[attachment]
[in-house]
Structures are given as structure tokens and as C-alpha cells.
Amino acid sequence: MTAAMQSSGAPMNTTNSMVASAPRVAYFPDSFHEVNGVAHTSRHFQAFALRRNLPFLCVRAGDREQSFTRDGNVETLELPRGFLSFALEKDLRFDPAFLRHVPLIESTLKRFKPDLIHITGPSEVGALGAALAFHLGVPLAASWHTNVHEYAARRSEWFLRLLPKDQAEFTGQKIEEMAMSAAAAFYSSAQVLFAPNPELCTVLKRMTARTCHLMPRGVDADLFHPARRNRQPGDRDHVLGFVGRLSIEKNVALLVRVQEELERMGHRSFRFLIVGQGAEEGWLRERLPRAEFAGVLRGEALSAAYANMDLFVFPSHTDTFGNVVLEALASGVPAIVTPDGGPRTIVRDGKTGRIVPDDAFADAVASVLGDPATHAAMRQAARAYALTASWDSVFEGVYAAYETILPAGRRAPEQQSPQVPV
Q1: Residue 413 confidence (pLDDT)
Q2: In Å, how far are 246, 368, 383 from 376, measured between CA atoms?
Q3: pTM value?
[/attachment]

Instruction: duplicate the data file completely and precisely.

[in-house]
Structures are given as structure tokens and as C-alpha cells.
Amino acid sequence: MTAAMQSSGAPMNTTNSMVASAPRVAYFPDSFHEVNGVAHTSRHFQAFALRRNLPFLCVRAGDREQSFTRDGNVETLELPRGFLSFALEKDLRFDPAFLRHVPLIESTLKRFKPDLIHITGPSEVGALGAALAFHLGVPLAASWHTNVHEYAARRSEWFLRLLPKDQAEFTGQKIEEMAMSAAAAFYSSAQVLFAPNPELCTVLKRMTARTCHLMPRGVDADLFHPARRNRQPGDRDHVLGFVGRLSIEKNVALLVRVQEELERMGHRSFRFLIVGQGAEEGWLRERLPRAEFAGVLRGEALSAAYANMDLFVFPSHTDTFGNVVLEALASGVPAIVTPDGGPRTIVRDGKTGRIVPDDAFADAVASVLGDPATHAAMRQAARAYALTASWDSVFEGVYAAYETILPAGRRAPEQQSPQVPV
Q1: Residue 413 confidence (pLDDT)
Q2: In Å, how far are 246, 368, 383 from 376, measured between CA atoms?
Q3: pTM value?